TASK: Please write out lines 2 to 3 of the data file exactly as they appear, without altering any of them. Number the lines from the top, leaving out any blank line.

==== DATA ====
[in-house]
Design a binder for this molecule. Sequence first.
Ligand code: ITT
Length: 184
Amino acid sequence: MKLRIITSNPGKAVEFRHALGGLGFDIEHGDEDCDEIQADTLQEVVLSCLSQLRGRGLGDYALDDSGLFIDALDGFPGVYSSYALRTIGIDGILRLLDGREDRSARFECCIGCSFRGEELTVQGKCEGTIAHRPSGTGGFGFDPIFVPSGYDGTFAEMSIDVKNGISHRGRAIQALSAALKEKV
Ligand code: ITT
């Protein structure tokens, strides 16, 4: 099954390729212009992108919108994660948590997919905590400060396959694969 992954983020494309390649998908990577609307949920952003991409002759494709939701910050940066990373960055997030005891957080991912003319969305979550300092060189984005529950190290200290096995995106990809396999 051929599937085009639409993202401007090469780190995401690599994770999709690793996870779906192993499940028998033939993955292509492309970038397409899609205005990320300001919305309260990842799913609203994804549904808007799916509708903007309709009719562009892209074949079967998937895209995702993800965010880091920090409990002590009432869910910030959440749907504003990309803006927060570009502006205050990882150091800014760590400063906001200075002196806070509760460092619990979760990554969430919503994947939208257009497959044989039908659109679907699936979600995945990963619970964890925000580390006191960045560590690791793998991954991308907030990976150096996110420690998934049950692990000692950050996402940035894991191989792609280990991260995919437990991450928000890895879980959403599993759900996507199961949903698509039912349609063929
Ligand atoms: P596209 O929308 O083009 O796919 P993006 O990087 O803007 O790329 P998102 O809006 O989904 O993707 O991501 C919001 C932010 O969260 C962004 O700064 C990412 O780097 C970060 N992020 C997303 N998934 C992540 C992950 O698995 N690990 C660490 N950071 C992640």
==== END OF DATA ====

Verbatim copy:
Design a binder for this molecule. Sequence first.
Ligand code: ITT